Trawling for Drug-Gene Relationships
Database automatically mines literature for drug-gene relationships--and does it as well as manually curated databases.
When a drug saves one person but makes another ill, a bitter lesson in genetic differences often follows. With many such lessons already under our collective belts, researchers are using existing knowledge to predict additional drug-gene relationships as a way to forestall future calamities. A new software program can trawl published papers for gene-drug relationships, plug those relationships into known genetic networks, and predict which genes are likely to affect a patient’s response to a drug.
“Our contribution is using text mining and taking decades of research and folding that in to inform the prediction,” says Yael Garten, biomedical informatics PhD candidate in the lab of Russ B. Altman, MD, PhD, at Stanford University and a lead author of the work. “We showed that this is as good as and sometimes even better than manual curation,” in which scientists painstakingly enter published drug-gene interactions into a database. Garten will present the team’s research January 2010 at the Pacific Symposium on Biocomputing in Hawaii.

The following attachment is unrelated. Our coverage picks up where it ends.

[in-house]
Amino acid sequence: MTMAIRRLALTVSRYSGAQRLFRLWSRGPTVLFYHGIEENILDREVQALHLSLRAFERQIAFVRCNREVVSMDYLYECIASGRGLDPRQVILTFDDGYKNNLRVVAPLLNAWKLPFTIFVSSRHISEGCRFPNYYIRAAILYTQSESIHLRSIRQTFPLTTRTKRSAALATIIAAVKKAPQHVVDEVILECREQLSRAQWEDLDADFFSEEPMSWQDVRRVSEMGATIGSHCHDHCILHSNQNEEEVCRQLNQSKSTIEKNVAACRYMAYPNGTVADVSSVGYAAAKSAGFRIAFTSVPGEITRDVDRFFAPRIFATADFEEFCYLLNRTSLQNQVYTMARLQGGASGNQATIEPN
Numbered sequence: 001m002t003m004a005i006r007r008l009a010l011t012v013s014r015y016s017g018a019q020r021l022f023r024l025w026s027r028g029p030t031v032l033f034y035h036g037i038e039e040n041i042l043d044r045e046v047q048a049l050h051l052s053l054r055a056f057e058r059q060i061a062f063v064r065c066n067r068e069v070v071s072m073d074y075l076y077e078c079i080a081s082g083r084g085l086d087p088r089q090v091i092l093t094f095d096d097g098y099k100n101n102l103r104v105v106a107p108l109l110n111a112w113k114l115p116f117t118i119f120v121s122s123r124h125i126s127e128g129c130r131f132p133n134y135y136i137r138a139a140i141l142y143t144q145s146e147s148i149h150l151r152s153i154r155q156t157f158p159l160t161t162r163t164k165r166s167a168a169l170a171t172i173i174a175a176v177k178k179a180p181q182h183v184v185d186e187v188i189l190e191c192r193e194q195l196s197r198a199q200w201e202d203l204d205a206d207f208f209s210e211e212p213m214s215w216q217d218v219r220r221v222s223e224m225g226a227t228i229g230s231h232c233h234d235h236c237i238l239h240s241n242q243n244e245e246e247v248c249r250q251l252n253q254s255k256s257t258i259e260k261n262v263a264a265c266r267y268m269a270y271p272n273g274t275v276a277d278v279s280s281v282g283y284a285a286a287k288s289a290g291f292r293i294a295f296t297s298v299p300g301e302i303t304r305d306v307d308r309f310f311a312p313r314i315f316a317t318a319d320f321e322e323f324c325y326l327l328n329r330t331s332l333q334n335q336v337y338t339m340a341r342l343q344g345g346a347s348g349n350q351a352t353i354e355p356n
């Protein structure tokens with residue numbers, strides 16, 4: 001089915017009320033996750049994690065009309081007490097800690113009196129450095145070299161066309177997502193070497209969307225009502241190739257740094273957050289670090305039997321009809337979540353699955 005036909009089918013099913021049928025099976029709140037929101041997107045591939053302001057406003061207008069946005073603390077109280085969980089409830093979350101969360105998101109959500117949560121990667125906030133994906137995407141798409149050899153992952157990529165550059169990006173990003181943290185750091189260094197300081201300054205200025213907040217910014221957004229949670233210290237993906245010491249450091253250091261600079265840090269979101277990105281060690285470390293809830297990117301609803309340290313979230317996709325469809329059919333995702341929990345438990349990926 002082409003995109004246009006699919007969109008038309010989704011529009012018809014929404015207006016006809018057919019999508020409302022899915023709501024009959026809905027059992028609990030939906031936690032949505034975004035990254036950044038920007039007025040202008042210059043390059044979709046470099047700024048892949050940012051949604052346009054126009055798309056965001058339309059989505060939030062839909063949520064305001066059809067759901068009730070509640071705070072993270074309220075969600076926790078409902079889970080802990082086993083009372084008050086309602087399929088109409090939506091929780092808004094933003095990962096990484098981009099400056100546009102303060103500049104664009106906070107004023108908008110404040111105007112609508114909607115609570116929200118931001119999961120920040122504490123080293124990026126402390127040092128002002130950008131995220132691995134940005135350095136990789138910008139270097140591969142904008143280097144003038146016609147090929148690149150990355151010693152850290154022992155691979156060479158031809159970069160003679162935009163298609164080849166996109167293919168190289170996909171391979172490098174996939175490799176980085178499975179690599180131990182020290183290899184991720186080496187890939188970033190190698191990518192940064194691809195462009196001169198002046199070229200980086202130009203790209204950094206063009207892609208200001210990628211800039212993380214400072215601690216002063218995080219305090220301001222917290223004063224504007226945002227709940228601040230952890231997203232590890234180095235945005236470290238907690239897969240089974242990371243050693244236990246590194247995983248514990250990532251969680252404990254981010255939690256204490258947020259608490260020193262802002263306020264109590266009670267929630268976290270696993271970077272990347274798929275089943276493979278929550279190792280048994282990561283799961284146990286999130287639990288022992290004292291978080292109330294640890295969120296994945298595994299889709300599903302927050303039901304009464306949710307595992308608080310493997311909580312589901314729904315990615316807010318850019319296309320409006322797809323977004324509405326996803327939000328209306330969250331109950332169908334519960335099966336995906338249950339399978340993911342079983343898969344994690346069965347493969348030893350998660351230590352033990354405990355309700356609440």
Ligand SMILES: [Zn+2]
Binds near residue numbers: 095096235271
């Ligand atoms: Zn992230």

The previous version of the algorithm, designed by Altman and others, relied more heavily on manual labor. Called PGxPipeline, it employed a database of gene-drug relationships manually compiled from scientific articles by a team of scientists at Stanford Medical School. PGxPipeline wove these relationships into an orderly web, along with a database of gene-gene interactions and other data, to predict how strongly each of 12,460 genes affects response to a specific drug.
The team has now cut PGxPipeline loose from the manually created drug-gene database, automatically mining the information from published papers. This faster, cheaper method will inform the drug-gene rankings with constant updates from new literature. The manual-curation- and text-mining-based versions of PGxPipeline predicted with similar accuracy a test set of 682 drug-gene interactions. And the text-mining-based version was slightly better at identifying genes that play the largest roles in response to a specific drug.
Garten hopes to use the revised PGxPipeline to parse all relevant scientific literature for drug-gene relationships. Better predictions will save researchers time in deciding which of the possible interactions to test in the lab and eventually influence how doctors prescribe drugs, she maintains.
“There is an emerging trend in bioinformatics to combine information from curated databases with information extracted from text,” says Tom Rindflesch, PhD, principal investigator for the semantic knowledge representation project at the National Institutes of Health in Bethesda, Maryland. “This is an excellent example.”